The film, Cut Snake, is a tense crime-thriller set in the suburban streets of Australia during the seventies. Directed by Tony Ayres (Walking on Water) and written by first-time feature writer, Blake Ashford (All Saints), the film is a new take on a familiar formula of danger and secrets, with a hint of exploration into life after prison. Be aware that these ‘secrets’ will be discussed in the following.
The story follows Merv “Sparra” Farrell (Alex Russell): a modest, young man trying to put together a life for himself in an early 1970’s Melbourne. He’s a dream catch to his girlfriend, Paula (Jessica De Gouw), and with an apprenticeship in reach, he’s already bought the ring to ask her to marry him. His life seems to be finally coming together, that is, until James (Sullivan Stapleton), or “Pommie” to his mates, is released from prison and tracks down his former cellmate: Merv. With Paula unaware of his criminal past, Merv must deal with Pommie who is determined to pick up where they left off. Things become even more complicated when the two are revealed to have been more than just friends, and Merv is torn between protecting the life he has now and resisting the one he tried to leave behind.
As a thriller, the film is fairly by the numbers. Merv must protect his world as Pommie attempts to weasel his way in under the cover of a friendly guise, all while Paula and her friend (Megan Holloway) fall for his charms. Yet, as Pommie becomes more irate, his violent acts escalate into more vicious attacks, increasing Merv’s desperation to get rid of him. A pair of brutish police men who come in and out of the story add some extra drama, but their inclusion is a bit underdeveloped and serve only to be familiar faces at the story’s end. There’s still some solid tension built throughout though, thanks mainly to Stapleton’s menace, and later his vulnerability as a man whose heart is broken, which is the film’s true highlight. De Gouw does well not to fall into a passive position as the unsuspecting girlfriend, and brings a bit of fire to what could have been a rather bland role. Similarly, Russell was a smart choice for a tormented soul contrasted with boyish good looks.
While some audiences may see more to the men’s relationship earlier on, when it’s sexual nature is revealed, it completely subverts perception of the pairs previous motivations throughout. But while the twist of their relationship makes this more than you’re standard thriller outing, the film is rather unequipped to service a storyline such as this properly.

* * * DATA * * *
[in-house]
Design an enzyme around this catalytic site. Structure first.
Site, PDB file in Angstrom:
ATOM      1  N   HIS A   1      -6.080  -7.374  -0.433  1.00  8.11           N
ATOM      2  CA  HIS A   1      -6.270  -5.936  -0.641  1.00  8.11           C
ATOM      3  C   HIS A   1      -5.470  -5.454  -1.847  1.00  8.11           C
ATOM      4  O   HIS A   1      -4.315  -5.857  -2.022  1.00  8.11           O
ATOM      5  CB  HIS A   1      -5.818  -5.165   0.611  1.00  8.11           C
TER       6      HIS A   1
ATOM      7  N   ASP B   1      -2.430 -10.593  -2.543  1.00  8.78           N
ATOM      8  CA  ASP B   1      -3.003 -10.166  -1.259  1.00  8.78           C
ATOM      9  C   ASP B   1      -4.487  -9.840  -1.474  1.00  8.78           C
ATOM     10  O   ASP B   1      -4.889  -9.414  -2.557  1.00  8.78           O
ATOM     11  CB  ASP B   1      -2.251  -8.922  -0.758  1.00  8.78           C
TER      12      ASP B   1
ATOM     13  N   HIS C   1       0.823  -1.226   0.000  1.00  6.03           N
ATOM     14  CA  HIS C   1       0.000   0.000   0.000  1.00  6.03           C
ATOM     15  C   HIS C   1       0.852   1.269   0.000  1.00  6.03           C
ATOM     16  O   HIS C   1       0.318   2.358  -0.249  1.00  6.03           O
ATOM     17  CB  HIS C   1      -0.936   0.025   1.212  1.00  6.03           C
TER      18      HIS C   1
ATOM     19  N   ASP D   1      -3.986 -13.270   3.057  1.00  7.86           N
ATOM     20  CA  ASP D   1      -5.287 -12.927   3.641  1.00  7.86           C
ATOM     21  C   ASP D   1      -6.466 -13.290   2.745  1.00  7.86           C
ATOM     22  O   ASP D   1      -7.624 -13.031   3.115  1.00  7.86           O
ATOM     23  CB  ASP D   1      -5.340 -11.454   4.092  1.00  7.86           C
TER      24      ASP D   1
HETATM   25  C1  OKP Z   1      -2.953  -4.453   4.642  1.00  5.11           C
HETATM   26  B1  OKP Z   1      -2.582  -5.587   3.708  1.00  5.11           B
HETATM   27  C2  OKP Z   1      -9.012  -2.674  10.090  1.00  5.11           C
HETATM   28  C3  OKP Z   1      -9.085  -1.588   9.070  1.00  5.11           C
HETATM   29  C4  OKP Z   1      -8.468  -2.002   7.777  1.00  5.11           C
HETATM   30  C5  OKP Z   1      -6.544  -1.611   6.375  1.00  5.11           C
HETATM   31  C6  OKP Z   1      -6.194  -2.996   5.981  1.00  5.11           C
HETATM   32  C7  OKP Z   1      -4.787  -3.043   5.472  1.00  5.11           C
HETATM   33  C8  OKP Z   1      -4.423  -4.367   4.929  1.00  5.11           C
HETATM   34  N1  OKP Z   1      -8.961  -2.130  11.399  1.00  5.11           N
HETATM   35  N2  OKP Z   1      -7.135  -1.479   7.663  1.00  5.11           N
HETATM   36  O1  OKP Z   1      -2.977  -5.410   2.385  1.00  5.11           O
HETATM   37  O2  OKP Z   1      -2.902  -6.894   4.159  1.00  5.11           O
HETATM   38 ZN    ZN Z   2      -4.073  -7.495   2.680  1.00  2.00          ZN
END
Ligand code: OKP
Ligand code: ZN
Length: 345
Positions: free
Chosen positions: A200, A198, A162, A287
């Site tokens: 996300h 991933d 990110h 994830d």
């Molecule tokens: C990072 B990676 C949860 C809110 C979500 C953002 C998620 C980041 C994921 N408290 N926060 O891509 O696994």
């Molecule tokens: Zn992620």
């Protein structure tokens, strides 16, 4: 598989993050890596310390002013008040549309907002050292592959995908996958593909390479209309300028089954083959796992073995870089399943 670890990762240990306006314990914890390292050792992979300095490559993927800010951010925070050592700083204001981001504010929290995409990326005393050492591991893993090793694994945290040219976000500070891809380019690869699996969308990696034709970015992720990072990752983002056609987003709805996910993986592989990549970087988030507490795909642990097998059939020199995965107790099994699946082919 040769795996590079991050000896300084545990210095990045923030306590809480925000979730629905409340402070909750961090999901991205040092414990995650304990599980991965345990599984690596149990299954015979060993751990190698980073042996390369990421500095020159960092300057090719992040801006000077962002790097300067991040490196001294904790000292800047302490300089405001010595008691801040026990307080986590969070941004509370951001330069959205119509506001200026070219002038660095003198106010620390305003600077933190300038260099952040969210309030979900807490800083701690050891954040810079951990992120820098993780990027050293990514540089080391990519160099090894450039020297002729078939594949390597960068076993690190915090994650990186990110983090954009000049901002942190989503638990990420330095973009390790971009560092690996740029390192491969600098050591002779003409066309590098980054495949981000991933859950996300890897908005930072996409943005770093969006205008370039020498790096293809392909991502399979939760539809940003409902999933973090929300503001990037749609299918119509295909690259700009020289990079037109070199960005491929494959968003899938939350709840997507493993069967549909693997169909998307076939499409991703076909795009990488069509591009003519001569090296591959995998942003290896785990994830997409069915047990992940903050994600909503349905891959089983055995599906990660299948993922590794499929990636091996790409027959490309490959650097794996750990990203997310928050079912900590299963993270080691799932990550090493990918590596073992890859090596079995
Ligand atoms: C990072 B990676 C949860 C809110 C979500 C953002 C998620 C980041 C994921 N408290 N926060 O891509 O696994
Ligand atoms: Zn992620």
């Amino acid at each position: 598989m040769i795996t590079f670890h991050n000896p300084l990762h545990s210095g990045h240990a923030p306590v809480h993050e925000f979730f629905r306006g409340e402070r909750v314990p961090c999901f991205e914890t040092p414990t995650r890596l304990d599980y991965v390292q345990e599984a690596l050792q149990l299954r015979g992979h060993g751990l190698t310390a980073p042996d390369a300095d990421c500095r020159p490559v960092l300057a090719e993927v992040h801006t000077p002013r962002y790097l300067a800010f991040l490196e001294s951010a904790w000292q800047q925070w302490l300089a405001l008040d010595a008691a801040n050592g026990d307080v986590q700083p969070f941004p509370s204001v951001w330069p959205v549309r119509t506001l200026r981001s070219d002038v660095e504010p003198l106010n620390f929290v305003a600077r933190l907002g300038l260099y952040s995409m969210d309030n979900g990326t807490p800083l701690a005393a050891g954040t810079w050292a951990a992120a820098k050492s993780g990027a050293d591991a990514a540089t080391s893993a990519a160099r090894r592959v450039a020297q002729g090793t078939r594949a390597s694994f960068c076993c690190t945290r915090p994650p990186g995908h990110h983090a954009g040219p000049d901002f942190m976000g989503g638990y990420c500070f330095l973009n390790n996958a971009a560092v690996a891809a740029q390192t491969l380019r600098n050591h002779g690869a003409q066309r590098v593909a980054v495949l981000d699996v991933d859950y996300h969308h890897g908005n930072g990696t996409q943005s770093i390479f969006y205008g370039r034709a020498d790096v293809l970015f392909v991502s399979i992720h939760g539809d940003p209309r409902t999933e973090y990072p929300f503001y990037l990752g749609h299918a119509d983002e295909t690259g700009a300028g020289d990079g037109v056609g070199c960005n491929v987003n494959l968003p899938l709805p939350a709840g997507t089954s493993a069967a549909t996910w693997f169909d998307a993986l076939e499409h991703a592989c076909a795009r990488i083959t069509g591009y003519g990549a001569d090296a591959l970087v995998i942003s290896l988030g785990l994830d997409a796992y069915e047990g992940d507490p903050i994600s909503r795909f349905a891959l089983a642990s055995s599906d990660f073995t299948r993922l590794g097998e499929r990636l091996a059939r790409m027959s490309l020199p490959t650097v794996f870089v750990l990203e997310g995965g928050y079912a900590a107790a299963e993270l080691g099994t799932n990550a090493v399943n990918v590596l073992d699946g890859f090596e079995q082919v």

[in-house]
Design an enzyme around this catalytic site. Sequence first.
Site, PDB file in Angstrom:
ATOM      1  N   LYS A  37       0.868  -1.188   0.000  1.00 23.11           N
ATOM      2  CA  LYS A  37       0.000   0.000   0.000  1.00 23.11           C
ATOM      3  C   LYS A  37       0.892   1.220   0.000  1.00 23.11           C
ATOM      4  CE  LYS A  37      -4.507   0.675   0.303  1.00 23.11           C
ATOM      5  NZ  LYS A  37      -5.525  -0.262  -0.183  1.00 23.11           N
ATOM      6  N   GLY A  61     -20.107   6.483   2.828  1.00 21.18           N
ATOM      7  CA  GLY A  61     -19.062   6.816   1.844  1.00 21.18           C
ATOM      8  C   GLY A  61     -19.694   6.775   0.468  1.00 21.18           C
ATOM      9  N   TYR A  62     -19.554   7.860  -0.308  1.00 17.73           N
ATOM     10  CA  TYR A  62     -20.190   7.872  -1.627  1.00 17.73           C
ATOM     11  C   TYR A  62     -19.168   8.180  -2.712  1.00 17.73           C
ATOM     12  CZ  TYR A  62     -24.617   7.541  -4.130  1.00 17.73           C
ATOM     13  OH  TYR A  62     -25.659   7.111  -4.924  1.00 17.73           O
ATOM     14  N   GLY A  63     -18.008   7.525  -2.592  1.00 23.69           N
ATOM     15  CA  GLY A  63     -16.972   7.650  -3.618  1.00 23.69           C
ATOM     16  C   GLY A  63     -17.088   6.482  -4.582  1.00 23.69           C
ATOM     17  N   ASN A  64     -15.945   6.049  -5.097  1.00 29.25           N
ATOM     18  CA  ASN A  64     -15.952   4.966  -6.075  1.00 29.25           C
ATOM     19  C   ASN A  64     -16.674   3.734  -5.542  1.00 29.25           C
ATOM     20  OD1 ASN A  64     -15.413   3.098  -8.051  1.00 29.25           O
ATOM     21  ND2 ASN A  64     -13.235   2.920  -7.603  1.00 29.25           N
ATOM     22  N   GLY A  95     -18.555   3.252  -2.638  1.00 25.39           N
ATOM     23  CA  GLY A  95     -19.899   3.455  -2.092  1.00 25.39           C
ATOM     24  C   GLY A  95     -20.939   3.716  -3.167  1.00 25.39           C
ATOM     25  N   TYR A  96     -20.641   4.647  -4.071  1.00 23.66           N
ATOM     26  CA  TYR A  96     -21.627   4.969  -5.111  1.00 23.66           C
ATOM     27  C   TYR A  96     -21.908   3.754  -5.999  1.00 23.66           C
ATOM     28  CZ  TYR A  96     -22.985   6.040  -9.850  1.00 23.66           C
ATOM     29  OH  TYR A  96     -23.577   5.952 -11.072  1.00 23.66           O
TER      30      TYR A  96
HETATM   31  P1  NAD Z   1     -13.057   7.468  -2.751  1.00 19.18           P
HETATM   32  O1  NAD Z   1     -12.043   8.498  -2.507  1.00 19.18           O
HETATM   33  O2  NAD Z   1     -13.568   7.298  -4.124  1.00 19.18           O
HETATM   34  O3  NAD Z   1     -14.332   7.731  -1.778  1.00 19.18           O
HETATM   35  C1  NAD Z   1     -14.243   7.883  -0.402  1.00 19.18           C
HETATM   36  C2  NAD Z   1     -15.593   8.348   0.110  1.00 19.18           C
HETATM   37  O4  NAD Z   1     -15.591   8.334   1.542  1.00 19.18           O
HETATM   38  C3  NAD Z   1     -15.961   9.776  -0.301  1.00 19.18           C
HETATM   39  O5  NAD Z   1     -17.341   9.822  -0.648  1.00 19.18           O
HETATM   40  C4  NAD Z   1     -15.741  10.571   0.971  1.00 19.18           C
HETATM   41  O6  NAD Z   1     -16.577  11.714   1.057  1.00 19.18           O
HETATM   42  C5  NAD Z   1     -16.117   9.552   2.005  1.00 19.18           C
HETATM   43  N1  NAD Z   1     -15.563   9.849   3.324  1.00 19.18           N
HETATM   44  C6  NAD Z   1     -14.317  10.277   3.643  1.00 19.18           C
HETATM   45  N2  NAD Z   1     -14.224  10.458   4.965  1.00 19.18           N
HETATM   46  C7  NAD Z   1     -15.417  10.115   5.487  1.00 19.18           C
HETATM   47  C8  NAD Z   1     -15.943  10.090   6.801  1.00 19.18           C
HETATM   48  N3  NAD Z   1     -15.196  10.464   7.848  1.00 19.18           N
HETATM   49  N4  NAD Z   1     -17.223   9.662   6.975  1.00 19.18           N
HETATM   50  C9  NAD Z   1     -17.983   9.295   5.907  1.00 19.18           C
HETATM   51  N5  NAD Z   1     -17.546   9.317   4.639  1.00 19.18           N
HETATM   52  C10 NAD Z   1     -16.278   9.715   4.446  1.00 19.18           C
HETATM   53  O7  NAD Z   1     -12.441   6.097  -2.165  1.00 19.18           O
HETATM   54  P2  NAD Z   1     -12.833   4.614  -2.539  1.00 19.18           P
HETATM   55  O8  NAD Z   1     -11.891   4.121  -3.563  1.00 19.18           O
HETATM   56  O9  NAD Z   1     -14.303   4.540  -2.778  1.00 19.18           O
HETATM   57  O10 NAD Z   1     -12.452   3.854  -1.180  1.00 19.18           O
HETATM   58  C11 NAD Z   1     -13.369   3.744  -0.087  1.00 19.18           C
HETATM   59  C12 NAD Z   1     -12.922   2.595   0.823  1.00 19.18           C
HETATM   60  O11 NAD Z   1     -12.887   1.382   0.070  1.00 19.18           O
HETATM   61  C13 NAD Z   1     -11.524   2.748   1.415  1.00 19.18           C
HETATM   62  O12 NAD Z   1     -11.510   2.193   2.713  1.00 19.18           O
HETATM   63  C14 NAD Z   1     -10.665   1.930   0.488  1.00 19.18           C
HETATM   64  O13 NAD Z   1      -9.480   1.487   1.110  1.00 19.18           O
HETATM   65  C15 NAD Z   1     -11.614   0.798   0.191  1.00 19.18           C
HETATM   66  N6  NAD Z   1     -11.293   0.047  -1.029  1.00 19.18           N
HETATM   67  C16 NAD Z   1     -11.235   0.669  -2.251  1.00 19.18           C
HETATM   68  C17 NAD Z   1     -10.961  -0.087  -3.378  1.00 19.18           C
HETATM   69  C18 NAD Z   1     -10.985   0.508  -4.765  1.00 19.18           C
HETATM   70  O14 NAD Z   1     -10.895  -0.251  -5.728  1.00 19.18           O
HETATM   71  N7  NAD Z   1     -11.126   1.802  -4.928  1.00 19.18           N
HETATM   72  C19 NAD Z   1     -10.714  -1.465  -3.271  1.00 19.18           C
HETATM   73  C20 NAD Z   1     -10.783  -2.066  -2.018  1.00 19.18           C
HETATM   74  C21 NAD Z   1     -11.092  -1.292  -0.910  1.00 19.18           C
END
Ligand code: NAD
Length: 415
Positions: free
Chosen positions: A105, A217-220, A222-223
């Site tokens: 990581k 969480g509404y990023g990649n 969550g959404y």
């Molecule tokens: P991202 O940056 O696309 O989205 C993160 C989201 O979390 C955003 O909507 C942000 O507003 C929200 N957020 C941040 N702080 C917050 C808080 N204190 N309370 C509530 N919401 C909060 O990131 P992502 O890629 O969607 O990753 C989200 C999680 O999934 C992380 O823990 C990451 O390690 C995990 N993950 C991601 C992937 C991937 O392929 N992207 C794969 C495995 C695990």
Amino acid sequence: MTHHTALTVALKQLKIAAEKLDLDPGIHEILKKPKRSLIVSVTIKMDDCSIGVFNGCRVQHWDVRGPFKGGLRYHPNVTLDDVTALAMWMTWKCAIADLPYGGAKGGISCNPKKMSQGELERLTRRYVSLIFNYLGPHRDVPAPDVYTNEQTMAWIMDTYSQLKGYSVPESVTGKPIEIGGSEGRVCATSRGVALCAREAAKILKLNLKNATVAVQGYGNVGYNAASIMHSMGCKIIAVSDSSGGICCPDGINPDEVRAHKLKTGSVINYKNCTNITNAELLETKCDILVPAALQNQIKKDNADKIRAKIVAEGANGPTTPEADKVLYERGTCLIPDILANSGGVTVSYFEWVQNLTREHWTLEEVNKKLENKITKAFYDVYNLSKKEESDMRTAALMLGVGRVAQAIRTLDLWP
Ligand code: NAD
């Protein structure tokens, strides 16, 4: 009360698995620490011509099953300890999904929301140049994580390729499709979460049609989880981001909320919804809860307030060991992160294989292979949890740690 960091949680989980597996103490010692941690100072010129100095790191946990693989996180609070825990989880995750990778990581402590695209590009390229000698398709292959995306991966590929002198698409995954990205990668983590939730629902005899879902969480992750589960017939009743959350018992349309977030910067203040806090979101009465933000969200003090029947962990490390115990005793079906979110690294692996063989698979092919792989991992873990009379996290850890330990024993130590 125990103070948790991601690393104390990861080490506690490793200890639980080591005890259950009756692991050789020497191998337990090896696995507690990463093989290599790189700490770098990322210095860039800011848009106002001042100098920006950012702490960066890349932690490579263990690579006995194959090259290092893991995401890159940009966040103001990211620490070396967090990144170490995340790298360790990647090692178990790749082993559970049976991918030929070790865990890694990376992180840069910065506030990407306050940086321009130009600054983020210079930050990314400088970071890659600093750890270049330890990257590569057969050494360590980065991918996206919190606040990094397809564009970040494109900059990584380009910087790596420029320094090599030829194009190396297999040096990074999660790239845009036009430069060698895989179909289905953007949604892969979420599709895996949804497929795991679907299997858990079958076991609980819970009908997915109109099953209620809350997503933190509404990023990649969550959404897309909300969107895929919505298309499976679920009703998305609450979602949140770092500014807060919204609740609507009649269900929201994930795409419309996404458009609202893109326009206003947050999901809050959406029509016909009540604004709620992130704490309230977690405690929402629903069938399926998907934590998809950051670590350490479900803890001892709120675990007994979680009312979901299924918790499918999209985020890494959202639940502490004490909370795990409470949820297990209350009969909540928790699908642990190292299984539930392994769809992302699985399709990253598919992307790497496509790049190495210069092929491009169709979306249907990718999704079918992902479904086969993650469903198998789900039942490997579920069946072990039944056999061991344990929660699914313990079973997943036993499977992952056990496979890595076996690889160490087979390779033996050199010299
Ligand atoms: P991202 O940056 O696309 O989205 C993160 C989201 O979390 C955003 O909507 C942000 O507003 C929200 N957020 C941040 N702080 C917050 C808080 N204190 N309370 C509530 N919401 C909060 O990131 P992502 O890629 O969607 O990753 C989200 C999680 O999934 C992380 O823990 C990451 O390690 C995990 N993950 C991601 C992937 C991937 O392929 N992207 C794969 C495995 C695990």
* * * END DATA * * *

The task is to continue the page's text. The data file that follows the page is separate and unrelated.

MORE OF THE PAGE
There are obvious parallels to make to films like Animal Kingdom (also starring Stapleton) and Brokeback Mountain, which both dealt with similar themes. But Cut Snake lacks the dramatic rawness of the former film, and the commitment to flesh out its characters as the latter did. Instead, Ayres tries to have his cake and eat it too, by dipping his toes into controversial waters but remaining unwilling to fully submerge in them so that he can still cling to his macho-action thriller genre. There’s certainly an attempt to be original here, but the film is just a tad too glossy to be a valid depiction of real life, which makes it play more as a new segment of Underbelly than a social drama with substance. With three talented stars, it’s disappointing that the film didn’t strive to be more than it is, as it’s apparent that they would have been more than capable of rising to the challenge.
It doesn’t help also, that the connection Merv has with Pommie is never made quite clear, and it hinders any emotional investment the audience could have in their relationship. Even after a momentary lapse where the two reunite passionately, it’s hard to tell exactly what Merv is feeling because the film never explores it. Was Merv’s relationship with Pommie a complete one-off experience? Or was it a larger issue, where Merv was bisexual, possibly homosexual, and was suppressing his feelings for other men? Or was he only with Pommie for safety in prison and never actually had any romantic feelings?
These are the questions that the film chooses to brush over, which undermine any scene centred on the ex-lovers. Merv’s actions become increasingly confusing, and it’s difficult to understand what’s motivating him in any given moment, leaving his character up in the air, due to no fault of Russell’s. By the time some answers finally do come around it’s too late, and flashbacks to their first meeting in their cell are largely underwhelming, as their relationship appears to have started instantaneously rather than earned over time. It also begs the question why the film needed to be specifically set in the 1970’s at all, when attitudes like this are still prevalent currently and could have been made more relevant by taking place in the modern-day. Although, on that note, the film perfectly captures this era of Australian society, right down to the golden-yellow, retro mattresses, and it’s clear the amount effort put in to be as authentic as possible, which should be commended.
As a thriller, Cut Snake is fairly decent, and the performances will keep most audiences invested in the story, but there’s a definite feeling that this film could have been something more. Not only due to it’s dramatic potential, but also because it’s rare that an Australian film centring on these types of social topics could find its way to a theatrical release. Audiences would do well to enter the cinema with modest expectations so that they leave pleasantly surprised.